When creating your pattern, you want to place buttonhole bars every 1/2″ or so, as well as at the tips of pointy bits (or they’ll just flap about). Avoid bars across too large of a cutout area; instead, keep a small bit of fabric there or even an eyelet to stabilize things and give your bars a midpoint to anchor in.

Your buttonhole stitching (step 6) does not need to be really close together, and in fact, if you get it too close it tends to look sloppy. Try leaving just a thread’s width of space in between each stitch and from 10″ away it looks neater and just as smooth.

Pay attention to the thread as you pull it off the spool or skein, and thread your needle with it the same each time. Remember, thread has a twist and you want consistent results.

In the same vein, be sure to do all your buttonhole stitching in the same direction for a consistent look. It really does make a difference.


Apron Construction Notes

I chose to create a flat rectangle style apron (rather than one gathered into the waistband) so that the cutwork would be displayed to its best advantage. I attached the top 2/3 of it to a simple band that served as the belt.

I hemmed the top and bottom edges with the drawn thread work hemstitch (see my tutorial here).

The right and left edges had threads drawn from them as well, but I did not do the same drawnwork hemstitch — I just kept it as drawn threads because I liked the look.


Creation Notes

I did not embroider the blood droplet on the pelican, but I bled on the apron while stitching — so I think that still counts. -grin-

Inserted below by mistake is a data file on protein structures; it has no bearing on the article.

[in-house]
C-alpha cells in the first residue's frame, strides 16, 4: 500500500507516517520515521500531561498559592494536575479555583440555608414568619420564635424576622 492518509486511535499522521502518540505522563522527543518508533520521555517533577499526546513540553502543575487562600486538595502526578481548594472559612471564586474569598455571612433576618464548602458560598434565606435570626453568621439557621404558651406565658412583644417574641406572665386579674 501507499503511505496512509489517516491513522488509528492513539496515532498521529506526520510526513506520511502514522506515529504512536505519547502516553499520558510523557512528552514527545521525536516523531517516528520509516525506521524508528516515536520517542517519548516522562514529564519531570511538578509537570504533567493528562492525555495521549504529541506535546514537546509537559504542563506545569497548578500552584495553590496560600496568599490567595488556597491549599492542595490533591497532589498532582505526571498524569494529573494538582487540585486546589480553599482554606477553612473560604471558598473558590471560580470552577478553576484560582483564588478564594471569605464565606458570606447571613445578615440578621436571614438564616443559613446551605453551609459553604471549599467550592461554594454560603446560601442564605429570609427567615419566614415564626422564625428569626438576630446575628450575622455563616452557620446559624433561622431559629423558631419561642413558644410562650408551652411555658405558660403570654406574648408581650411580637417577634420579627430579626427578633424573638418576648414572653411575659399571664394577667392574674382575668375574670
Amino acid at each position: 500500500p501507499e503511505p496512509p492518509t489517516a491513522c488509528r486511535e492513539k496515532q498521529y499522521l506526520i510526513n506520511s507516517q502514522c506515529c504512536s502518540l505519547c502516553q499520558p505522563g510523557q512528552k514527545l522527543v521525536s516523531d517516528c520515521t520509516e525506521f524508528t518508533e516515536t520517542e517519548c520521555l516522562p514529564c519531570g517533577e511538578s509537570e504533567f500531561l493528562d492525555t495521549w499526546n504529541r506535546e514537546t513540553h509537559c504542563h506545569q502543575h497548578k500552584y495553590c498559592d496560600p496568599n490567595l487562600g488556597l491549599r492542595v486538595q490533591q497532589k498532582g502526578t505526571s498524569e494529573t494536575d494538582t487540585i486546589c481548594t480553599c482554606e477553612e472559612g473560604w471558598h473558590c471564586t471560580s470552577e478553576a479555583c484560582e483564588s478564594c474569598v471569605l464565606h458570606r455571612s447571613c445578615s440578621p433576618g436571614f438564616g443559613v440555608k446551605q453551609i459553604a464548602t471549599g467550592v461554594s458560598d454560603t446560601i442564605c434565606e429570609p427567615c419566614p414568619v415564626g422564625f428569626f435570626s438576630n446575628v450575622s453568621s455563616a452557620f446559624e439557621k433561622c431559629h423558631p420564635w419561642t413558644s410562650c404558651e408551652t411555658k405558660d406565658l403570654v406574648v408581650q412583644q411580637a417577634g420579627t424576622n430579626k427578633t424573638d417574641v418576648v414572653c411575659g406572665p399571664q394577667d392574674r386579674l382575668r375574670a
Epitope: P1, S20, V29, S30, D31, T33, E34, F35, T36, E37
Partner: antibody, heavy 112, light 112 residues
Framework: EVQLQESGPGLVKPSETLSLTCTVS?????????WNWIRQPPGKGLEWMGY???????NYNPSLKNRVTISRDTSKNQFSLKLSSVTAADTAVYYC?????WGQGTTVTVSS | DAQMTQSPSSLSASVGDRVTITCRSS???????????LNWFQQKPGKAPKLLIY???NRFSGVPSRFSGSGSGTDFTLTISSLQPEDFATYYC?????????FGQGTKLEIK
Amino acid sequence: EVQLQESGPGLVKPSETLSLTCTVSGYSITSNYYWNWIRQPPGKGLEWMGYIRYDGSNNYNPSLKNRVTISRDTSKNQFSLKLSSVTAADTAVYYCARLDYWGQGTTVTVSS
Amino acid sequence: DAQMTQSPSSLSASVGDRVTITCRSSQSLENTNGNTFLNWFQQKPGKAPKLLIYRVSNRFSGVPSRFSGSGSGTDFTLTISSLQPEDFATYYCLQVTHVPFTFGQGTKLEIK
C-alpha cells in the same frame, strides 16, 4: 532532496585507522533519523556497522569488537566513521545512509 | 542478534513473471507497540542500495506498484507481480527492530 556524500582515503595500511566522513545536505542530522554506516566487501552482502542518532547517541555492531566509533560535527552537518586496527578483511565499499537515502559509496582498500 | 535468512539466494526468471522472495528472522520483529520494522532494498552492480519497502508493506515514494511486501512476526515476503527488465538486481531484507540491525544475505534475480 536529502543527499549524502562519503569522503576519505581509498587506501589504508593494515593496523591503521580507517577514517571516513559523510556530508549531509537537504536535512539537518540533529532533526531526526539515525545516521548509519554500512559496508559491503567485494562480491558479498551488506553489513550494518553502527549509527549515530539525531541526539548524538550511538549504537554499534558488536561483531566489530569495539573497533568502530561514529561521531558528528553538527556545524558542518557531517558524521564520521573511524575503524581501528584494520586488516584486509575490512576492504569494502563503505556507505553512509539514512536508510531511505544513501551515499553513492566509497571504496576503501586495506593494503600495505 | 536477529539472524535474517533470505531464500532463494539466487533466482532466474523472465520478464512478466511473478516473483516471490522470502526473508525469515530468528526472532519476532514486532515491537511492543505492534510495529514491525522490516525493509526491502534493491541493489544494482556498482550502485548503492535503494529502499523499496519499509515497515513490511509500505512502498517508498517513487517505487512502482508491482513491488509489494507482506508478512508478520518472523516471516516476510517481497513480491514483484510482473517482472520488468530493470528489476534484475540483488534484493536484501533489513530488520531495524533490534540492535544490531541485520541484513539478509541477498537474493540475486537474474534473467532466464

The heart at the top of the motif is from my device (a winged heart).

My soundtrack while working on this was the radio station on Fallout 4 (Gregor got it for Christmas and I sat on the couch while he played each evening) and the entire audiobook of The Martian.

I estimate this project took 110 hours. (I  Mistress Crespine.)


I would love to see anything you make — please share! I’m always happy to answer questions. Feel free to e-mail me at genoveva.von.lubeck (at) gmail [dot] com

14th c. Embriodered Bycocket Cap of Maintenance (with a Split Loop Seam Tutorial)

6 September 2015

Yesterday I presented a 14th c. embroidered bycocket cap of maintenance for Master Gregoire de Lyon on the occasion of his elevation to the Order of the Pelican. I am pleased with how the cap turned out and thus thought it would be a good idea to document it in my blog for future reference (both mine and possibly yours!). In particular, I learned a new seam technique and I want to record it here so I do not forget it. Here’s the completed cap of maintenance (or cap of high maintenance, as Master Gregoire calls it):


bycocket-Decretals-of-Gregory-IX-40vResearch: The bycocket, or chapel à bec as it was known in France, was all the rage in the 14th and 15th centuries in northwestern Europe, but it did continue on sporadically into the 16th century. The bycocket shows up frequently in imagery of the time period, but my favorite image is found in margin of The Decretals of Gregory IX c. 1300-1340 written in Southern France (page 40v). In the image, a man wears a red bycocket with a white lining. Another favored image with the same hat style and coloring appears in the 1344 painting “The Effects of Good Government in the Countryside” by Ambrogio Lorenzetti (rider on the left, note that her brim may be decorated).

Construction: The shape of the bycocket looks more complicated than it is. It’s really just a bowl-shaped hat with the brim turned up at an angle. I used a wool felt bycocket that Gregoire already owned to fine-tune the size and shape, as that was his preference. The resulting pattern looks something like this:

bycocket-hat-patternMaterials: Dark red velvet (outside layer), white linen (inside layer), white linen canvas (interlining, for stiffness), wool batting (interlining, for shape), and white silk taffeta (outside brim layer). I used the canvas and wool batting to give the hat some solidity and structure. The order of layers from the outside to the inside is as follows: velvet, wool, canvas, linen. The silk taffeta was whip stitched onto the brim and only the brim in order to leave the white linen as the layer next to the hair (at Gregoire’s request), the thought being that it would be a touch cooler and easier to clean. Additional materials included silk embroidery floss (12 ply Splendor thread), silk sewing thread (Gutermann), and freshwater pearls.